Between 2000 and 2014, annual Colorado River flows averaged 19% below the 1906–1999 average, the worst 15-year drought on record. At least one-sixth to one-half (average at one-third) of this loss is due to unprecedented temperatures (0.9°C above the 1906–1999 average), confirming model-based analysis that continued warming will likely further reduce flows. Whereas it is virtually certain that warming will continue with additional emissions of greenhouse gases to the atmosphere, there has been no observed trend toward greater precipitation in the Colorado Basin, nor are climate models in agreement that there should be a trend. Moreover, there is a significant risk of decadal and multidecadal drought in the coming century, indicating that any increase in mean precipitation will likely be offset during periods of prolonged drought. Recently published estimates of Colorado River flow sensitivity to temperature combined with a large number of recent climate model-based temperature projections indicate that continued business-as-usual warming will drive temperature-induced declines in river flow, conservatively −20% by midcentury and −35% by end-century, with support for losses exceeding −30% at midcentury and −55% at end-century. Precipitation increases may moderate these declines somewhat, but to date no such increases are evident and there is no model agreement on future precipitation changes. These results, combined with the increasing likelihood of prolonged drought in the river basin, suggest that future climate change impacts on the Colorado River flows will be much more serious than currently assumed, especially if substantial reductions in greenhouse gas emissions do not occur.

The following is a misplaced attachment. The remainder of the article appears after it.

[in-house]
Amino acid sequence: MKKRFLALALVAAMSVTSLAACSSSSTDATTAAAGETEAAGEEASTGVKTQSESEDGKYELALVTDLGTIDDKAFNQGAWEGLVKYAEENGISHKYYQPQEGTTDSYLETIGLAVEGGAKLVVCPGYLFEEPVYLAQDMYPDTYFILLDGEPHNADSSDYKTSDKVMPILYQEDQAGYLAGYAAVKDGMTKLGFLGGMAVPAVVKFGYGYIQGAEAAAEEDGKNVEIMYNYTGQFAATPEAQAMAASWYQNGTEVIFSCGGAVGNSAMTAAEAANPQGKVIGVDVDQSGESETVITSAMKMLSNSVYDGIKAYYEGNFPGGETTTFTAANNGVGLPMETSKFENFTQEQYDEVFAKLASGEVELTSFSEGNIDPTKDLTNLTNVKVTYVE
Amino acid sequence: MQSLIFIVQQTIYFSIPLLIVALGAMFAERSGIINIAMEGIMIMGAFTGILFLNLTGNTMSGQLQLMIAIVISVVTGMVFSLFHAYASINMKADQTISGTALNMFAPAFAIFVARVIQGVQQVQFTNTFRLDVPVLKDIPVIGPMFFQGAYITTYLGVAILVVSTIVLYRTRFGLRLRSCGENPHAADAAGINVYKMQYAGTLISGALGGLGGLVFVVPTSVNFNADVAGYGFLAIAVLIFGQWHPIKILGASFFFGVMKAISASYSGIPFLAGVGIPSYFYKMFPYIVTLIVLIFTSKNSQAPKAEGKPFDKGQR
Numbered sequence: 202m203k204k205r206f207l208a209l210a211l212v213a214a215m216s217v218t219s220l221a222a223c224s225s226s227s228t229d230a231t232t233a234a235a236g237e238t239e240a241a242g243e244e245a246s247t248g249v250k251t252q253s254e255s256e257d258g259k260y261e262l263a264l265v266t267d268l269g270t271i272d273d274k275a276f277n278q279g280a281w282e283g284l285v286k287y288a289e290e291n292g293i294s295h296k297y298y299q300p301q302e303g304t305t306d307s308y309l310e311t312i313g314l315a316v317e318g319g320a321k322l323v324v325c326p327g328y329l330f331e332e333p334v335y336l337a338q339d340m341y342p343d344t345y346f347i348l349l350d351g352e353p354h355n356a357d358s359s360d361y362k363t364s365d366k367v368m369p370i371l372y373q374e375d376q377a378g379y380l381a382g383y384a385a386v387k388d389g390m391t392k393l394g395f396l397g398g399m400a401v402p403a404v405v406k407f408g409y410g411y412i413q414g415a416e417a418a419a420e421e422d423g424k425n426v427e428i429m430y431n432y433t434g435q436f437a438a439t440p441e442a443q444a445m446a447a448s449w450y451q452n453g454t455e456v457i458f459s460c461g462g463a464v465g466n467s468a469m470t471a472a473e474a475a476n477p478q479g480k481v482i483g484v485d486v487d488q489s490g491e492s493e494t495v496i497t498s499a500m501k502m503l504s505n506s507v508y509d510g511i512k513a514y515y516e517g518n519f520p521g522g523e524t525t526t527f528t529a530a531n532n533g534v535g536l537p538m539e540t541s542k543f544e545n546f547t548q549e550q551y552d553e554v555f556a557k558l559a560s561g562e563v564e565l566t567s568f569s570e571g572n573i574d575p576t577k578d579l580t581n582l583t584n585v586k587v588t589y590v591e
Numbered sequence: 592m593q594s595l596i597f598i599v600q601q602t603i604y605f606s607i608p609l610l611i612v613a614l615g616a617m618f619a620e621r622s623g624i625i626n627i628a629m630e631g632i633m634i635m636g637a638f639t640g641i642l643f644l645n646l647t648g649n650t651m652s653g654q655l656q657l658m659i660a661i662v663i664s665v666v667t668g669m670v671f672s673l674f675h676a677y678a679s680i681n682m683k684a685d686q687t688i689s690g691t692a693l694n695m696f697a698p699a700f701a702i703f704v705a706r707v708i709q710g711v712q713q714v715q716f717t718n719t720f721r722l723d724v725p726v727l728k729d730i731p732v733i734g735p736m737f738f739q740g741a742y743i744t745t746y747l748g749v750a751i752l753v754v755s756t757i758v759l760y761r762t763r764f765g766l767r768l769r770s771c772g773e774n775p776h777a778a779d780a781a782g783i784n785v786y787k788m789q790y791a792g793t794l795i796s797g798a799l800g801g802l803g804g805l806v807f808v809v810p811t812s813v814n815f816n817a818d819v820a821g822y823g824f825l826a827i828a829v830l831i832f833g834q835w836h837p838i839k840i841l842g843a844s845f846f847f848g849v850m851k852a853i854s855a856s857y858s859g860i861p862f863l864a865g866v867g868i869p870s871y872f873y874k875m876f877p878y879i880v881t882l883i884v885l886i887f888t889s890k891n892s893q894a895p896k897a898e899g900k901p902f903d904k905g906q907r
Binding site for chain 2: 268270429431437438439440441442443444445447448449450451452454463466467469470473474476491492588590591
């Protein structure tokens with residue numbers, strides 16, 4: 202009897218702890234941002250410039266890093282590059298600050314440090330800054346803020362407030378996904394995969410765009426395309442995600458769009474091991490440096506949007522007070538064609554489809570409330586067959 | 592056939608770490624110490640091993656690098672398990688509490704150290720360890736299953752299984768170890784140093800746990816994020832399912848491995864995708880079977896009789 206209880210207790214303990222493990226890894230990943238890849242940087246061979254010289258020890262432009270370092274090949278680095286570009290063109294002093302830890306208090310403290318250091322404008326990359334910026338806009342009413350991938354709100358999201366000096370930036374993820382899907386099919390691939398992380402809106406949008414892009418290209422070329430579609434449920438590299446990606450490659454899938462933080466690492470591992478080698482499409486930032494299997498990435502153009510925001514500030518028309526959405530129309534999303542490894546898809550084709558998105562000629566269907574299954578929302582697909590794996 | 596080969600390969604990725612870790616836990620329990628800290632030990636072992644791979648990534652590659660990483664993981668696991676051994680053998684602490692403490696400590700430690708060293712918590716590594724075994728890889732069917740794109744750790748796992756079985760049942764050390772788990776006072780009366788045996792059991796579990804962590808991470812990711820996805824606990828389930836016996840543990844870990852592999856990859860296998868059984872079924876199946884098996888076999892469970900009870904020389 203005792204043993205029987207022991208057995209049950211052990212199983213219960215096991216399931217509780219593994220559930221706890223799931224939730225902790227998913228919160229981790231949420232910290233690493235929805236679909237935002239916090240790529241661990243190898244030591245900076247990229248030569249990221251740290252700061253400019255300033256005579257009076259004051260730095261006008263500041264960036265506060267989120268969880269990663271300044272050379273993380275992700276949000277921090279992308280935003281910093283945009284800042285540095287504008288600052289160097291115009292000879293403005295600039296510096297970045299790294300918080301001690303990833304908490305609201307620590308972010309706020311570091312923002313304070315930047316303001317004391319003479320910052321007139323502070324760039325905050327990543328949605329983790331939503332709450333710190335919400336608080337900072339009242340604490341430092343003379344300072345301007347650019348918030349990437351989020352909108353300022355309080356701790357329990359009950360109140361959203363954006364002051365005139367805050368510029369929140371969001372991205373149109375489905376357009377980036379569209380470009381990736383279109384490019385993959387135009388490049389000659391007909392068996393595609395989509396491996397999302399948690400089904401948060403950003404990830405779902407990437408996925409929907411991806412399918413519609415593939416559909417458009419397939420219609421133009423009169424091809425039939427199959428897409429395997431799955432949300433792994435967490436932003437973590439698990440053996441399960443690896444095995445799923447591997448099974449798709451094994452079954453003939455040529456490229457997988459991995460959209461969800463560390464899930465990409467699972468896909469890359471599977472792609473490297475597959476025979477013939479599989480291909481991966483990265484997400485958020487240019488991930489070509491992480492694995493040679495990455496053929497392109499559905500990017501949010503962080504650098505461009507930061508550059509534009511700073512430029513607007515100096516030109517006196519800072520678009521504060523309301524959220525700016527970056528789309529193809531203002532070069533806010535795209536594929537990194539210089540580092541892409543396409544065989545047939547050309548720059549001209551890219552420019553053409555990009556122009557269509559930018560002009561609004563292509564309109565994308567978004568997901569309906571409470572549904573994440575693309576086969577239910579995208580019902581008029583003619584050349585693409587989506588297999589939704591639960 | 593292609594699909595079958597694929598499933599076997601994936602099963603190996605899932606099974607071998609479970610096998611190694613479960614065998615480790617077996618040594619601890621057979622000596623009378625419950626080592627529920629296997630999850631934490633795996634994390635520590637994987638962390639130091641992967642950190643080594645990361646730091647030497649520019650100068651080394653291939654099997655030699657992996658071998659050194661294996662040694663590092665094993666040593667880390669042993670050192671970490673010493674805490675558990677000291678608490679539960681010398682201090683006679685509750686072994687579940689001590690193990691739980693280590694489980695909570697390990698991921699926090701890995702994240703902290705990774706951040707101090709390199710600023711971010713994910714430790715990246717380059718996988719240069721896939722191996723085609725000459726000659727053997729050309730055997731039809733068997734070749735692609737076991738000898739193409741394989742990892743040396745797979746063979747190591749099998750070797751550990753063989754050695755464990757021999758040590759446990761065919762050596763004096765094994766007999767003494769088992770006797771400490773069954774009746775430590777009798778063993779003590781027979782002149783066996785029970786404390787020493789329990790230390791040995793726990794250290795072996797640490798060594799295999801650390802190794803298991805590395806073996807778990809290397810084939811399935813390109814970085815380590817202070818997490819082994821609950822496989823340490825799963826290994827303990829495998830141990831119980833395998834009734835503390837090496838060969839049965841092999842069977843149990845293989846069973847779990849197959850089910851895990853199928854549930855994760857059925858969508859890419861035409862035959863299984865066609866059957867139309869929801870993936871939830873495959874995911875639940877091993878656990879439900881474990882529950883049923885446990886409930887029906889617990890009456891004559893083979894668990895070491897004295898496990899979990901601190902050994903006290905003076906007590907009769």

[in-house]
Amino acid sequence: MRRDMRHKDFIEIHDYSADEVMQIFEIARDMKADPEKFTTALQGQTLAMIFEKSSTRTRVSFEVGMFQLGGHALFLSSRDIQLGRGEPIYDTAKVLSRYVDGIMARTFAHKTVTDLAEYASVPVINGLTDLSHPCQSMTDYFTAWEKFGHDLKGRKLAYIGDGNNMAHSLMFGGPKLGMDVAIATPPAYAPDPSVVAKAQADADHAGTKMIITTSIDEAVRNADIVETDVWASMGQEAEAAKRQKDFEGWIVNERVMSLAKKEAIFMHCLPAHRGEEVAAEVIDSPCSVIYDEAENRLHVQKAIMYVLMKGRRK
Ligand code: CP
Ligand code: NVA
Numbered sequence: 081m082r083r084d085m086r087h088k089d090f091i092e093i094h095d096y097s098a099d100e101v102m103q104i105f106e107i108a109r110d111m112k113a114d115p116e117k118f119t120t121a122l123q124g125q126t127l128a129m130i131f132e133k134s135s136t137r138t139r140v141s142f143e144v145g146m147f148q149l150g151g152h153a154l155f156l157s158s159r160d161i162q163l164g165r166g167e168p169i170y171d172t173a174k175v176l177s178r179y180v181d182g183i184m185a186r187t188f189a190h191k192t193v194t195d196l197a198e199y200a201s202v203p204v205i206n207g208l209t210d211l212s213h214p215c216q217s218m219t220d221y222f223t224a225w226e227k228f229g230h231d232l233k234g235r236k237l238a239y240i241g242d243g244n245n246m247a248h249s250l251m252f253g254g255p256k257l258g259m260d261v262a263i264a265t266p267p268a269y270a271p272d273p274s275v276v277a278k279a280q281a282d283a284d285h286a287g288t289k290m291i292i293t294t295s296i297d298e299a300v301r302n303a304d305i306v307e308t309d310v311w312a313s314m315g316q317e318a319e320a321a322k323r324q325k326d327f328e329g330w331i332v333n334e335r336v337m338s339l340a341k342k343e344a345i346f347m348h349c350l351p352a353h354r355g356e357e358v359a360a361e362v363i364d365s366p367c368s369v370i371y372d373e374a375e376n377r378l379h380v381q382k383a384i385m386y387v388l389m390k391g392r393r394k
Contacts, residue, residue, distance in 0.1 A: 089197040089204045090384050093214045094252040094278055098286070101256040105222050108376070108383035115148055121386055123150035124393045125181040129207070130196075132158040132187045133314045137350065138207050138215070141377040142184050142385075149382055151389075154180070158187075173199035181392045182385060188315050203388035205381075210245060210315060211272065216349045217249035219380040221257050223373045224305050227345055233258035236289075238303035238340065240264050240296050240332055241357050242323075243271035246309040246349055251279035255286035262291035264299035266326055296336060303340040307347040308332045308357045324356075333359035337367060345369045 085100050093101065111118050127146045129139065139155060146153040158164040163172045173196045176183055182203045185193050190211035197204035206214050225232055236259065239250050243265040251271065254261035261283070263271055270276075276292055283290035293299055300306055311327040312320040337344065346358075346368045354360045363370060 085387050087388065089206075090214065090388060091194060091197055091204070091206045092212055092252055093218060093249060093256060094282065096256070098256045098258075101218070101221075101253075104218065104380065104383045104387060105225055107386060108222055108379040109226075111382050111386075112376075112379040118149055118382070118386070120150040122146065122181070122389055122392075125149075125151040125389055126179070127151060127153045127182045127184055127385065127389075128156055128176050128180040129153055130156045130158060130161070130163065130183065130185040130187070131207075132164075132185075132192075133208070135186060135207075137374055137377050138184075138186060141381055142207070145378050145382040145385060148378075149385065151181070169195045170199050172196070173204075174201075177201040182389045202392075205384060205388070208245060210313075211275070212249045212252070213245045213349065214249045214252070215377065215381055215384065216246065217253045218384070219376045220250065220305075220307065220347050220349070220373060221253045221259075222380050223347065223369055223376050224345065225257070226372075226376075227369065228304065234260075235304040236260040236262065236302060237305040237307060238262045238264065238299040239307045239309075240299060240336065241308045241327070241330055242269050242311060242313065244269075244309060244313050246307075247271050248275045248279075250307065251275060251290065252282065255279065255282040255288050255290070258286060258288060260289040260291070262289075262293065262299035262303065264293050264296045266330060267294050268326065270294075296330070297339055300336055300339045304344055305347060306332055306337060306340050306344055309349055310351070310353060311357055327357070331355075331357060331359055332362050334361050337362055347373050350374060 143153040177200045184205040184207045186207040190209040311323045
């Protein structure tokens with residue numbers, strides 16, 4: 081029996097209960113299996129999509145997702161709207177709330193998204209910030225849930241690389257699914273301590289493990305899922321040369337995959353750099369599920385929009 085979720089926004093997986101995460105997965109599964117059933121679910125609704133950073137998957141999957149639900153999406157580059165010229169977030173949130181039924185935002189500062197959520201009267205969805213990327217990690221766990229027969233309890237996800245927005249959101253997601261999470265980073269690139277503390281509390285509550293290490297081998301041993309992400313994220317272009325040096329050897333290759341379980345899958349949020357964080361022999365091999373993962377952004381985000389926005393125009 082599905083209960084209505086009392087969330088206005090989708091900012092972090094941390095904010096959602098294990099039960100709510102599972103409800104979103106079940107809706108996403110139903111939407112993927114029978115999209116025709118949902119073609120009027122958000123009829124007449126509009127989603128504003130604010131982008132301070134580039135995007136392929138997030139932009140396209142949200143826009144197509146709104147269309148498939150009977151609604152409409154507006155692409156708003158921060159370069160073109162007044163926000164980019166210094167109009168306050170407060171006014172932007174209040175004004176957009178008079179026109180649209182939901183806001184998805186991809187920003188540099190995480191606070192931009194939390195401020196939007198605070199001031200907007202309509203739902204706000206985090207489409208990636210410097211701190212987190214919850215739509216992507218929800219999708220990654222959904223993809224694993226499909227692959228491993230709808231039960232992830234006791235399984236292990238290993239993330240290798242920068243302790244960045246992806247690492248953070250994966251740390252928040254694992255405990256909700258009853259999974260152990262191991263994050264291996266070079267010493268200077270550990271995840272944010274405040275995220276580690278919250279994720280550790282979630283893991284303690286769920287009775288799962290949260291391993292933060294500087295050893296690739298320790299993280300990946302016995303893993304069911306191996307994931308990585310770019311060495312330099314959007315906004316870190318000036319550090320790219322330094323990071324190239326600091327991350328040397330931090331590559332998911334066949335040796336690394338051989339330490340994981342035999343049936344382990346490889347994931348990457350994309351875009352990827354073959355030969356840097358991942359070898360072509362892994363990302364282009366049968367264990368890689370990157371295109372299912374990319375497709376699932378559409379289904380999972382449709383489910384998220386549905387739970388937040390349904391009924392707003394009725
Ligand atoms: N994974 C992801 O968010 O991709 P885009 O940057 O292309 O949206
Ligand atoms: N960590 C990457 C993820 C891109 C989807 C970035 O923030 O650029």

Changes in seasonal snow water equivalent distribution in High Mountain Asia (1987 to 2009)